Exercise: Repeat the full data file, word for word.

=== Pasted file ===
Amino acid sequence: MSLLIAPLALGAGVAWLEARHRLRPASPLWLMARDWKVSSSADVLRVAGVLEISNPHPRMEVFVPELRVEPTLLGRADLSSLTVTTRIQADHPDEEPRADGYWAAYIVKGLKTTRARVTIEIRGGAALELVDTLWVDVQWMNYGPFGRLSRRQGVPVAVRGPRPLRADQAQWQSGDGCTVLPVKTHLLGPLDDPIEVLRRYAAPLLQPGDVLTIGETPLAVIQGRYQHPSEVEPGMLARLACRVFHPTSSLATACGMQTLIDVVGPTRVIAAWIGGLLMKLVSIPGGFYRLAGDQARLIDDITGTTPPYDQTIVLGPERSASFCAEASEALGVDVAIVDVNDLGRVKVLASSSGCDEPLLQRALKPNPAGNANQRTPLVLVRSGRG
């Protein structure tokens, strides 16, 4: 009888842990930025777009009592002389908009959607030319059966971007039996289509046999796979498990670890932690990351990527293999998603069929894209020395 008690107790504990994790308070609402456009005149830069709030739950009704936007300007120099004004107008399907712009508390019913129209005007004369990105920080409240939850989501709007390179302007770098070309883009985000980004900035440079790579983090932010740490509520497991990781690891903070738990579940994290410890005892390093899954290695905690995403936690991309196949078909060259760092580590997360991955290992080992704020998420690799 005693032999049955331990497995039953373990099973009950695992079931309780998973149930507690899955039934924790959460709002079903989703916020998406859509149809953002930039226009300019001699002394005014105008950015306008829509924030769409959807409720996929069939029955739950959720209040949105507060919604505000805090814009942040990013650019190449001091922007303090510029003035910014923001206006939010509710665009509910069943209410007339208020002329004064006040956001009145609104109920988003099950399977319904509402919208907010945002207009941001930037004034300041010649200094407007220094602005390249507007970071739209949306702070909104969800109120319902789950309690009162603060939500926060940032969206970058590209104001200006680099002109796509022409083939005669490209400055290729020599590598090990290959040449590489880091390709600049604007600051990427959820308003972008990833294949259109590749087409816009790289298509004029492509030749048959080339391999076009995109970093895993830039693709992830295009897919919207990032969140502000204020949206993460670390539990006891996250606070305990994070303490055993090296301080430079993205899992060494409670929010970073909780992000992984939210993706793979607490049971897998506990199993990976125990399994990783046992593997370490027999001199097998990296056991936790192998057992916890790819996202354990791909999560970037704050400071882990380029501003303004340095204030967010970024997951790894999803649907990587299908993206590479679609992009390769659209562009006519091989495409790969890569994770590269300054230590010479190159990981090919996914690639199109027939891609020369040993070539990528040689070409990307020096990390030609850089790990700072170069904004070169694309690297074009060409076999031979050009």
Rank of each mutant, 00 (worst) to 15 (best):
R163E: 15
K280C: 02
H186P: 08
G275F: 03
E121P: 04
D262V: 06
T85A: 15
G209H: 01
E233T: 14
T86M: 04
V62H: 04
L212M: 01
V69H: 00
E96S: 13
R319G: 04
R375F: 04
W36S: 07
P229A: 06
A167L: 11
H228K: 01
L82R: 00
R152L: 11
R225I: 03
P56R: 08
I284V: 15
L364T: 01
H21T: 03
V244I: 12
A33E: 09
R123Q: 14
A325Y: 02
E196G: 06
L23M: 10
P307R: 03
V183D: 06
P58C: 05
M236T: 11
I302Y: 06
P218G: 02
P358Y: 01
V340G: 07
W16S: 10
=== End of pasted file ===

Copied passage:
Amino acid sequence: MSLLIAPLALGAGVAWLEARHRLRPASPLWLMARDWKVSSSADVLRVAGVLEISNPHPRMEVFVPELRVEPTLLGRADLSSLTVTTRIQADHPDEEPRADGYWAAYIVKGLKTTRARVTIEIRGGAALELVDTLWVDVQWMNYGPFGRLSRRQGVPVAVRGPRPLRADQAQWQSGDGCTVLPVKTHLLGPLDDPIEVLRRYAAPLLQPGDVLTIGETPLAVIQGRYQHPSEVEPGMLARLACRVFHPTSSLATACGMQTLIDVVGPTRVIAAWIGGLLMKLVSIPGGFYRLAGDQARLIDDITGTTPPYDQTIVLGPERSASFCAEASEALGVDVAIVDVNDLGRVKVLASSSGCDEPLLQRALKPNPAGNANQRTPLVLVRSGRG
């Protein structure tokens, strides 16, 4: 009888842990930025777009009592002389908009959607030319059966971007039996289509046999796979498990670890932690990351990527293999998603069929894209020395 008690107790504990994790308070609402456009005149830069709030739950009704936007300007120099004004107008399907712009508390019913129209005007004369990105920080409240939850989501709007390179302007770098070309883009985000980004900035440079790579983090932010740490509520497991990781690891903070738990579940994290410890005892390093899954290695905690995403936690991309196949078909060259760092580590997360991955290992080992704020998420690799 005693032999049955331990497995039953373990099973009950695992079931309780998973149930507690899955039934924790959460709002079903989703916020998406859509149809953002930039226009300019001699002394005014105008950015306008829509924030769409959807409720996929069939029955739950959720209040949105507060919604505000805090814009942040990013650019190449001091922007303090510029003035910014923001206006939010509710665009509910069943209410007339208020002329004064006040956001009145609104109920988003099950399977319904509402919208907010945002207009941001930037004034300041010649200094407007220094602005390249507007970071739209949306702070909104969800109120319902789950309690009162603060939500926060940032969206970058590209104001200006680099002109796509022409083939005669490209400055290729020599590598090990290959040449590489880091390709600049604007600051990427959820308003972008990833294949259109590749087409816009790289298509004029492509030749048959080339391999076009995109970093895993830039693709992830295009897919919207990032969140502000204020949206993460670390539990006891996250606070305990994070303490055993090296301080430079993205899992060494409670929010970073909780992000992984939210993706793979607490049971897998506990199993990976125990399994990783046992593997370490027999001199097998990296056991936790192998057992916890790819996202354990791909999560970037704050400071882990380029501003303004340095204030967010970024997951790894999803649907990587299908993206590479679609992009390769659209562009006519091989495409790969890569994770590269300054230590010479190159990981090919996914690639199109027939891609020369040993070539990528040689070409990307020096990390030609850089790990700072170069904004070169694309690297074009060409076999031979050009």
Rank of each mutant, 00 (worst) to 15 (best):
R163E: 15
K280C: 02
H186P: 08
G275F: 03
E121P: 04
D262V: 06
T85A: 15
G209H: 01
E233T: 14
T86M: 04
V62H: 04
L212M: 01
V69H: 00
E96S: 13
R319G: 04
R375F: 04
W36S: 07
P229A: 06
A167L: 11
H228K: 01
L82R: 00
R152L: 11
R225I: 03
P56R: 08
I284V: 15
L364T: 01
H21T: 03
V244I: 12
A33E: 09
R123Q: 14
A325Y: 02
E196G: 06
L23M: 10
P307R: 03
V183D: 06
P58C: 05
M236T: 11
I302Y: 06
P218G: 02
P358Y: 01
V340G: 07
W16S: 10